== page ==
Today’s announcement by President Barack Obama of new steps in the development of so-called “smart gun” technology comes with the release of a report from the Departments of Justice, Homeland Security and Defense that may raise eyebrows among some gun rights activists.
“By incorporating electronic systems into a firearm’s design,” the 16-page report explains in its introduction, “manufacturers can give gun owners greater control over how a weapon is used, both by limiting who can fire the gun (‘user-authorization technology’) and by making a gun easier to retrieve if it is lost or stolen (‘electronic recovery technology’).” The report may be read here.
Among the skeptics is the National Rifle Association. The NRA has never been opposed to development of new technology, but they, like millions of gun owners, are concerned about “smart gun” mandates, and President Obama’s gun control “obsession.”
“President Obama’s obsession with gun control knows no boundaries,” said Jennifer Baker, director of Public Affairs for the NRA’s Institute for Legislative Action, in a statement to the press Friday afternoon. “At a time when we are actively fighting terrorists at home and abroad, this administration would rather focus the military’s efforts on the president’s gun control agenda.”
“Gun owners—whether law enforcement officers, hunters, or homeowners seeking to protect their property—expect their firearms to work seamlessly, under all conditions, without concern for technical malfunction.”—Report to the President
The report is candid about the obstacles that must be overcome in order to make “smart guns” acceptable to the public and law enforcement professionals, the latter who may find themselves on the front lines of testing the technology. The report suggests that federal, state and local governments “can support this effort in two ways: by lowering the cost of bringing new technology to market, and by exercising their collective purchasing power, where appropriate, to spur development.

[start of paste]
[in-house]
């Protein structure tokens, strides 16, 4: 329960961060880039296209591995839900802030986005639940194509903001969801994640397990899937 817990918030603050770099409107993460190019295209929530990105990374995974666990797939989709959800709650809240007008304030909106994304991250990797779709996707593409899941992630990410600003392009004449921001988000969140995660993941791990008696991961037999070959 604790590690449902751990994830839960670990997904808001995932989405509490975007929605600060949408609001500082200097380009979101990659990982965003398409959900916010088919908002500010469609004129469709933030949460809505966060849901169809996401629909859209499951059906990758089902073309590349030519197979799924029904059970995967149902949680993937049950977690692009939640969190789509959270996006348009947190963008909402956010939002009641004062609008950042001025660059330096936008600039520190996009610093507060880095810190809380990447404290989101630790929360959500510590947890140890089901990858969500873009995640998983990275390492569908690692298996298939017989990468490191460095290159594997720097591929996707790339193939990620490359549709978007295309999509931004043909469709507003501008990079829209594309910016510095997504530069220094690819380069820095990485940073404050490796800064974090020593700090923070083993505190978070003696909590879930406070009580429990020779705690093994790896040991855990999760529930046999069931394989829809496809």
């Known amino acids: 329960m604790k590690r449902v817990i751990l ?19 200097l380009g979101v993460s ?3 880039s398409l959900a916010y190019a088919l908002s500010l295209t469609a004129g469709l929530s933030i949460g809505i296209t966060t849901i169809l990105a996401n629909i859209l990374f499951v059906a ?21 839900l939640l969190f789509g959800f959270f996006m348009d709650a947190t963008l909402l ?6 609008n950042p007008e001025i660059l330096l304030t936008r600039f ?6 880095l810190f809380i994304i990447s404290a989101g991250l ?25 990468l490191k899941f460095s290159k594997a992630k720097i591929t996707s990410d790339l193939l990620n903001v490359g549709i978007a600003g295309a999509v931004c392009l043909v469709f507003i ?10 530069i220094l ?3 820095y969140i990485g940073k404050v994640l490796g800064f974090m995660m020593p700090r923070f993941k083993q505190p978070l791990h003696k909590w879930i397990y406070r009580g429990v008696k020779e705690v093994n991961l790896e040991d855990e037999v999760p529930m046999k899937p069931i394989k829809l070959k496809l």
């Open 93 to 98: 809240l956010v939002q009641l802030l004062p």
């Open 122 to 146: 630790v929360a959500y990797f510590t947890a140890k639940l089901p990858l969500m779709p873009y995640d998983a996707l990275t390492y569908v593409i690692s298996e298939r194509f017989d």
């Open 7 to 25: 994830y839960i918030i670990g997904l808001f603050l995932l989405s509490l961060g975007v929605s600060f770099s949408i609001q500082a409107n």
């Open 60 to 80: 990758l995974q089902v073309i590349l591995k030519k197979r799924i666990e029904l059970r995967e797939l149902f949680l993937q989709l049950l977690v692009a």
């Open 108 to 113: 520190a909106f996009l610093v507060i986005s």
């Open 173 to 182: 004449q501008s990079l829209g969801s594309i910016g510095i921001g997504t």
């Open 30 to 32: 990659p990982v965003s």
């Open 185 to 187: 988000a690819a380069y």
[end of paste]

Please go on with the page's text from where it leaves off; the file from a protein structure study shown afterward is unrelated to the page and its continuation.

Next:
“This report proposes a policy initiative that would support both of these methods,” the report says. “Over the next six months, the Administration will partner with state, county, and municipal law enforcement agencies to establish the specific conditions under which they would consider purchasing firearms with advanced gun safety technology.”
The report notes that law enforcement agencies “cannot and should not equip their officers with firearms that make them, or the communities they serve, less safe.” But by recruiting the involvement of law enforcement professionals to develop specifications, the report suggested, the Administration “can lay the groundwork for expanded use of gun safety technology in the near future.” Guidelines for the work are expected in October, according to The Hill.
By the same token, any firearm with this technology that is sold in the commercial market to private citizens needs to work all the time, without fail. And, according to skeptics, it must never become part of a mandate. There is a genuine concern that anti-gun politicians, as they attempted to do in New Jersey, could require that all firearms sold beyond a specific date would have to be equipped with “smart gun” technology.
“To be clear,” the report emphasizes, “this report calls for the development of new technology—and not a mandate that any particular individual or law enforcement agency adopt the technology once developed.”
“Gun owners—whether law enforcement officers, hunters, or homeowners seeking to protect their property—expect their firearms to work seamlessly, under all conditions, without concern for technical malfunction,” the report acknowledges. “To make ‘smart’ gun technology saleable to a wide range of consumers, manufacturers must ensure that these firearms operate properly in the high-stress situations when firearms are needed most.”